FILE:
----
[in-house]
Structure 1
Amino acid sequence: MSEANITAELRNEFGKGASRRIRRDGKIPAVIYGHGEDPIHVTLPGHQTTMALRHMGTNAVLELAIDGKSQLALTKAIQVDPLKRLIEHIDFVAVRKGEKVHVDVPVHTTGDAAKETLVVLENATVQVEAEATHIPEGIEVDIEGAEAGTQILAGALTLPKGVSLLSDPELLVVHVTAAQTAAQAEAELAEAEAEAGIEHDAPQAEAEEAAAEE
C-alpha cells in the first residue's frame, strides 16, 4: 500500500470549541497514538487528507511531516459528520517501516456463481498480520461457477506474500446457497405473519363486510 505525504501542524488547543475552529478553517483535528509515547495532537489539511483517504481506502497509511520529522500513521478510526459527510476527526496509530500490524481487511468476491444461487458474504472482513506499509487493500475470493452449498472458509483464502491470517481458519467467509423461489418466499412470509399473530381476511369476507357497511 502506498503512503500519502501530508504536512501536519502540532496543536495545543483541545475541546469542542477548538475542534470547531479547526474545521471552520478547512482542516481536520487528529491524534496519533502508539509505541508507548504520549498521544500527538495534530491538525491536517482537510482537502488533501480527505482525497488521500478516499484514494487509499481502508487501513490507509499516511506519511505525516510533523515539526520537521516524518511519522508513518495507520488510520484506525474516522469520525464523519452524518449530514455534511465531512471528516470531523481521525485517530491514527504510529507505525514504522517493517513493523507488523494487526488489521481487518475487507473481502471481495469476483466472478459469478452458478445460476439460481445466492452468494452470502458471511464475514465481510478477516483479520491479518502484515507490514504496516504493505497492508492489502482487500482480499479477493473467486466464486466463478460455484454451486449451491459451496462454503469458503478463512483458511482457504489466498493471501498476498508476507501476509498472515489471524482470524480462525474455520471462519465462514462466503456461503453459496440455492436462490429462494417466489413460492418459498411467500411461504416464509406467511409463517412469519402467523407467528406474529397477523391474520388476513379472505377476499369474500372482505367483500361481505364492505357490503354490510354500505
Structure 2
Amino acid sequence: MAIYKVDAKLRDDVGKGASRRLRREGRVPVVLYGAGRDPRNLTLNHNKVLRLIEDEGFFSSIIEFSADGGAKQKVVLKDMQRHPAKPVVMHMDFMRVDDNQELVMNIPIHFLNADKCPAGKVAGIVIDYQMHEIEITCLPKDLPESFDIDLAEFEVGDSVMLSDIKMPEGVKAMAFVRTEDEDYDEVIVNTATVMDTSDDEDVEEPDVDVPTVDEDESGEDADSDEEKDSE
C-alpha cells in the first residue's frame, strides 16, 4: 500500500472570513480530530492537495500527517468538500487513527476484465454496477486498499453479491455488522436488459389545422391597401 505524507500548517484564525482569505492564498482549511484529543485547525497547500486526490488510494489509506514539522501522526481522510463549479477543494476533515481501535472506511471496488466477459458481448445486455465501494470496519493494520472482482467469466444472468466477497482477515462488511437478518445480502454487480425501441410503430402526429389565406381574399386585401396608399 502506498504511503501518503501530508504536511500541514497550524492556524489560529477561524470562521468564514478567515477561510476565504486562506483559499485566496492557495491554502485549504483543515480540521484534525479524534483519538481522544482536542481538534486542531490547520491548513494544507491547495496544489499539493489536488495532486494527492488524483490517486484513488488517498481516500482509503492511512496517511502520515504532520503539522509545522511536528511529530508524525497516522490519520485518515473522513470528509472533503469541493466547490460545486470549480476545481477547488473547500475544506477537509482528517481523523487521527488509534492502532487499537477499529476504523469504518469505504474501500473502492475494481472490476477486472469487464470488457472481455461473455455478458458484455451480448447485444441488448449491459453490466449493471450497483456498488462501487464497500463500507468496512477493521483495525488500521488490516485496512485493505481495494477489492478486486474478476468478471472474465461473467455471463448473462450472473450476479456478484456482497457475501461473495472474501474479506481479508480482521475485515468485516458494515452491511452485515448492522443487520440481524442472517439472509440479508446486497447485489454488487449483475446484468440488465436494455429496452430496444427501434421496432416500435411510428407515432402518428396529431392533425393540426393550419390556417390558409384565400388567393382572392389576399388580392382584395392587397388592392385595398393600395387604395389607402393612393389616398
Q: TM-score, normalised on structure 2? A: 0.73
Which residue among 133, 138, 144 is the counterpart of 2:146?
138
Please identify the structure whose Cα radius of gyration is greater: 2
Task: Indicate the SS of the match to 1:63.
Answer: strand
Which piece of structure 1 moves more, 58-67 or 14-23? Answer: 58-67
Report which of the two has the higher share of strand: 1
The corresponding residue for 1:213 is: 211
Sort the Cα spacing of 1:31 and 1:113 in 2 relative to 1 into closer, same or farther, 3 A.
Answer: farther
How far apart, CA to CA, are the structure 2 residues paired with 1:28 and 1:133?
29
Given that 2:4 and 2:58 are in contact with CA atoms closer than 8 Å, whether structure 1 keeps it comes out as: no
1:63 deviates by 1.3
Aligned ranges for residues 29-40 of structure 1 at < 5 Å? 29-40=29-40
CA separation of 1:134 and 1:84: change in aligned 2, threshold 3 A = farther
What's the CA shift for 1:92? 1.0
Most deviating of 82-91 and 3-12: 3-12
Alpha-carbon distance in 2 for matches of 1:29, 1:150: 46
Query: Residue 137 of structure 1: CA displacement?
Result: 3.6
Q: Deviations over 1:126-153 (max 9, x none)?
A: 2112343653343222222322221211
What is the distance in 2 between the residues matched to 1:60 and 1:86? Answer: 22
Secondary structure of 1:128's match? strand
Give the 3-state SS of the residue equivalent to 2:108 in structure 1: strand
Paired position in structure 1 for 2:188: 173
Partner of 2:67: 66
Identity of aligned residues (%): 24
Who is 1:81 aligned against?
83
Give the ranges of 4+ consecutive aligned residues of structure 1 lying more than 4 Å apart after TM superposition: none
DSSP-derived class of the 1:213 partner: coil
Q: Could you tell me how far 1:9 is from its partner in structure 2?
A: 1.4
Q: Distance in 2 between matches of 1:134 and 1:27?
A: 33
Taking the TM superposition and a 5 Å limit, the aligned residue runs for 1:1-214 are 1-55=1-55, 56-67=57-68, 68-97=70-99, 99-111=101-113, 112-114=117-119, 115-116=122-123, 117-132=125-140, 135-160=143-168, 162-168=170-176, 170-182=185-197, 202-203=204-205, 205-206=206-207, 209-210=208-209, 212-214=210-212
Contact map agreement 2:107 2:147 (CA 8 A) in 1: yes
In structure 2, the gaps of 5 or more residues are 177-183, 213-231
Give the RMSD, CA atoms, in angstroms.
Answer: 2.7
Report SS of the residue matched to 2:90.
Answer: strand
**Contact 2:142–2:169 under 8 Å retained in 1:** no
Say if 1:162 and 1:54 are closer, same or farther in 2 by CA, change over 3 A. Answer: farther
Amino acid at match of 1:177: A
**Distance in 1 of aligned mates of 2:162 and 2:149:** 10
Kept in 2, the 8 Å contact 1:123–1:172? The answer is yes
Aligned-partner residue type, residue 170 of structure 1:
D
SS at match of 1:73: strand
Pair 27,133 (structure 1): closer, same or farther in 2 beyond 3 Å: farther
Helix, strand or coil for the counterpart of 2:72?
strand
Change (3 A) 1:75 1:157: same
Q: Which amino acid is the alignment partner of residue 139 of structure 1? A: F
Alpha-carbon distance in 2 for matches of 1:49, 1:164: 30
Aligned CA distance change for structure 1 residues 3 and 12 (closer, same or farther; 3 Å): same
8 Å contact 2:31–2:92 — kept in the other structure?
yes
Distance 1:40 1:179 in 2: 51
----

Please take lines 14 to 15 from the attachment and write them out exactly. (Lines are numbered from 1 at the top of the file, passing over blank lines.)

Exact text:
Which piece of structure 1 moves more, 58-67 or 14-23? Answer: 58-67
Report which of the two has the higher share of strand: 1